GILBERT: I think by that you mean people assume that if you are a professor at Harvard University, you must have been raised a certain way, in a certain milieu, and been a track star, and gotten top scores in high school. They can’t imagine that you were a lazy, long-haired kid who didn’t really want to spend much time in school. Would rather roll a joint, sit by Lake Michigan, and read Eastern philosophy. But that was me. I was basically a good-for-nothing. (But curious. I liked to read and I liked to write and I liked to draw and I liked to play my guitar. I just didn’t like — and this continues to the present day — I just didn’t like working. I didn’t like doing things that other people made me do. I just wanted to have fun. So, I dropped out of high school.

LEVITT: How far did you make it in high school?

GILBERT: I was starting to drop out my junior year. Starting to not attend classes, and finally the school and I made our divorce official somewhere in my senior year. 

LEVITT: And then, so what did you do after you had dropped out? How did you spend your time?

GILBERT: My friends and I bought a big 72-passenger school bus. I grew up in Chicago, and we bought this old derelict school bus and ripped out all the seats and put in bunk beds and a wood-burning stove. Painted it DayGlo colors. And I think the side said, “Blessed be, magical starship.” Look, this was 1971, something like that. And we just started driving. And we just drove around America, meeting people, having adventures.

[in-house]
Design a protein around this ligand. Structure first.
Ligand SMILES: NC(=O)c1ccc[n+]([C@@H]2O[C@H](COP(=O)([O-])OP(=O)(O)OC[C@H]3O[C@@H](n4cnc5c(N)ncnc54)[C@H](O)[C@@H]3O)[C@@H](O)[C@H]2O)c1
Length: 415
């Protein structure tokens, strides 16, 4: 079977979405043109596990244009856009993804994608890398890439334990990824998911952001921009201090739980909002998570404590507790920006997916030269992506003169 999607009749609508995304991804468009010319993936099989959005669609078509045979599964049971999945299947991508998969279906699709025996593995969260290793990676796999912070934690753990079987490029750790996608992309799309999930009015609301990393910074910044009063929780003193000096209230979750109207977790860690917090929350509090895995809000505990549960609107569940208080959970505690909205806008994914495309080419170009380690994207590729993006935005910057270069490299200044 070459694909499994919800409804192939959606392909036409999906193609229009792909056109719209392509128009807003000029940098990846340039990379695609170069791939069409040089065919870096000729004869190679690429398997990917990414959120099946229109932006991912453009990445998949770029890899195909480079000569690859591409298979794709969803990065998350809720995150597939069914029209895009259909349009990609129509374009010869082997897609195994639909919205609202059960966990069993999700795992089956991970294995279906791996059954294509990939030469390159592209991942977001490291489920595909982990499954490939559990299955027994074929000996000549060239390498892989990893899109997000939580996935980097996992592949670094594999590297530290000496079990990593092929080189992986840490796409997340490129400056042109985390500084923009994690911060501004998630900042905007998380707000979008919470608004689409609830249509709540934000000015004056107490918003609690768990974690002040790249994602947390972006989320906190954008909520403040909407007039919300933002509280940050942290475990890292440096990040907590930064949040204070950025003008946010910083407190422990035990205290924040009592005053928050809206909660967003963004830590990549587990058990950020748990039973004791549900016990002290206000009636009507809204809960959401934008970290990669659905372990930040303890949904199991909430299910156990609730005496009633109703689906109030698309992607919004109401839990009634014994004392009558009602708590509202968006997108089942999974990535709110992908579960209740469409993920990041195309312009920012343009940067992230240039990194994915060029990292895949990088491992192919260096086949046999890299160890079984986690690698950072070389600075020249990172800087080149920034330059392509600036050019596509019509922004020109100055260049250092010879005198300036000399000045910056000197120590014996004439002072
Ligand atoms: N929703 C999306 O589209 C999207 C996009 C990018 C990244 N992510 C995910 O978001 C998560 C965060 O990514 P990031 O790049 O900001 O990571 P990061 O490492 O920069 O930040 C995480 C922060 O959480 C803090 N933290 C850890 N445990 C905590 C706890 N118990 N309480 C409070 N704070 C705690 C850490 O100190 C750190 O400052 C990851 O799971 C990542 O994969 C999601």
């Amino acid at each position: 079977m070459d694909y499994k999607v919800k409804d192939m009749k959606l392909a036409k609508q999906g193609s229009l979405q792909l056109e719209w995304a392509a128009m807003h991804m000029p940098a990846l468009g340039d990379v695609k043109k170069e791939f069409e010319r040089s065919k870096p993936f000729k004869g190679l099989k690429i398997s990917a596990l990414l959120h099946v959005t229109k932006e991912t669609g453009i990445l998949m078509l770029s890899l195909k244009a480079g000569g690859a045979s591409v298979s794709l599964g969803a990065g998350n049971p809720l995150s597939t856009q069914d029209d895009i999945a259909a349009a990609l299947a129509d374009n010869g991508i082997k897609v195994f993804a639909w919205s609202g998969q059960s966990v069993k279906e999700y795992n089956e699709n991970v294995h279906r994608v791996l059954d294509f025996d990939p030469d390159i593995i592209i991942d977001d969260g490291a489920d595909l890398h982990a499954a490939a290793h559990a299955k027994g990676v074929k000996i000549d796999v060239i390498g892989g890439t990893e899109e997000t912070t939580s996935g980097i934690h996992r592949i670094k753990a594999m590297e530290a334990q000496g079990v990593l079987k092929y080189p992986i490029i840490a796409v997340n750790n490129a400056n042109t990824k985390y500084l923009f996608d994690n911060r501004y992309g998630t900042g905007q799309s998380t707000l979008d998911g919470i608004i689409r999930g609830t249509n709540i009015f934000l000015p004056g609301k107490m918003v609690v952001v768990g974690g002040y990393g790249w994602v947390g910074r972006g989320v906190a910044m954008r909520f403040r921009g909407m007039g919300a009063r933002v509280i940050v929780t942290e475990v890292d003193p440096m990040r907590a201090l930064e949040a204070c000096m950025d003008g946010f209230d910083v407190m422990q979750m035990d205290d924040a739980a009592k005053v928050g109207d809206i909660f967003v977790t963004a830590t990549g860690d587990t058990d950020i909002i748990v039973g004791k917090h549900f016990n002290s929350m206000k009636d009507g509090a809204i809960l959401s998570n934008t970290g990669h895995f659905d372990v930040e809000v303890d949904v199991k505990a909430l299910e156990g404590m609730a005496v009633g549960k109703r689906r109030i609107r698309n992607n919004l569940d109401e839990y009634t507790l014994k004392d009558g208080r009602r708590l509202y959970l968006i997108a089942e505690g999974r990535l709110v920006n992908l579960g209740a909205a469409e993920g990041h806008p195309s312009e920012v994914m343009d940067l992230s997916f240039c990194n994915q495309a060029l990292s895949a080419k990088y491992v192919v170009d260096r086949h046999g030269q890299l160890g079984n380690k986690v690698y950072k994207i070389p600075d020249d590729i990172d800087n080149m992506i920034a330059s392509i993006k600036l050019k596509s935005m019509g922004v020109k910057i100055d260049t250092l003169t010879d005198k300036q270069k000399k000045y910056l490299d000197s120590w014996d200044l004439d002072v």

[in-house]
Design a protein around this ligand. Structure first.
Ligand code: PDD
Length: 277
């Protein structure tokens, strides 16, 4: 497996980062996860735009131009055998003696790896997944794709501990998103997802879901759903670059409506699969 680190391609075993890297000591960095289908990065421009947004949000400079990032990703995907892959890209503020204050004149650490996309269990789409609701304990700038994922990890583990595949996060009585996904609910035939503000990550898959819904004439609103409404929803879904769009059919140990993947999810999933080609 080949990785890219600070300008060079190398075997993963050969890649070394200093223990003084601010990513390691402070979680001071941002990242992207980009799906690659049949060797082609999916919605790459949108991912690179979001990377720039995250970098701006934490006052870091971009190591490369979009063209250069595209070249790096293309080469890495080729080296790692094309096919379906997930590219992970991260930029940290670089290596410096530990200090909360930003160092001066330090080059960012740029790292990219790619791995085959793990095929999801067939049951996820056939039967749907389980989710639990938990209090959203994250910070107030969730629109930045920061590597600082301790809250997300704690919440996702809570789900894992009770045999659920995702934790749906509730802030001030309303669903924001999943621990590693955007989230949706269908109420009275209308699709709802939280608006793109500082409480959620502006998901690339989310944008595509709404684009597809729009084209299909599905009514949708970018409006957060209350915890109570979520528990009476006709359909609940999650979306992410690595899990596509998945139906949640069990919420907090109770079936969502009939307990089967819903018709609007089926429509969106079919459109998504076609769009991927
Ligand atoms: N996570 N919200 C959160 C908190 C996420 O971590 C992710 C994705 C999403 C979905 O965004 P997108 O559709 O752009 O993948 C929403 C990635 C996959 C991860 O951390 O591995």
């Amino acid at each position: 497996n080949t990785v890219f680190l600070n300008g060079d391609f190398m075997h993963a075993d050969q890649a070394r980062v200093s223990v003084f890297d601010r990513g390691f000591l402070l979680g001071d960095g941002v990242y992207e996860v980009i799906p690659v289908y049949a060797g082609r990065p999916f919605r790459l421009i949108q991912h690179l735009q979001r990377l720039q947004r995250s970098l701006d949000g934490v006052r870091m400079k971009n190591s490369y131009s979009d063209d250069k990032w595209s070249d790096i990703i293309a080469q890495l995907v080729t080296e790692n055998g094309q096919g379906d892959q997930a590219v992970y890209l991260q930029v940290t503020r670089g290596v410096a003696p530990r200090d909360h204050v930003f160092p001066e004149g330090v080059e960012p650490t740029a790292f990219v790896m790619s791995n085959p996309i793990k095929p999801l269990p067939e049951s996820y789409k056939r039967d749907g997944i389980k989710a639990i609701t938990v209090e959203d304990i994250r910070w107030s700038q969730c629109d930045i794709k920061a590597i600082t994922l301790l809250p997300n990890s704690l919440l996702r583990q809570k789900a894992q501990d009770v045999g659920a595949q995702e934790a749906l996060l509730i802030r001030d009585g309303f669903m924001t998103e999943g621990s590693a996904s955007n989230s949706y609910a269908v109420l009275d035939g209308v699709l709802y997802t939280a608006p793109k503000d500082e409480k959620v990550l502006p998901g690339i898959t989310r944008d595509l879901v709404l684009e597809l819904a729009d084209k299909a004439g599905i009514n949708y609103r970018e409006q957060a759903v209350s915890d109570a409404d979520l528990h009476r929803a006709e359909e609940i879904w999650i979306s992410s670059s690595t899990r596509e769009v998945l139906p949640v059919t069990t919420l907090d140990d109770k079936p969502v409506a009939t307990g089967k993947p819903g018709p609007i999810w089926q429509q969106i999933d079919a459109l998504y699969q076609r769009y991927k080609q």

LEVITT: How long were you on the bus? The magic bus?

GILBERT: I think the magic bus probably lasted about a year or so. We did what hippies did in those days. If we ran out of gas, we stopped and would do odd jobs or we would ask people to give us money, because surely we were entitled to the money they had worked hard for, so we can continue getting high and driving around.

LEVITT: So, how in the world does someone get from the magic bus to a tenured professor at Harvard?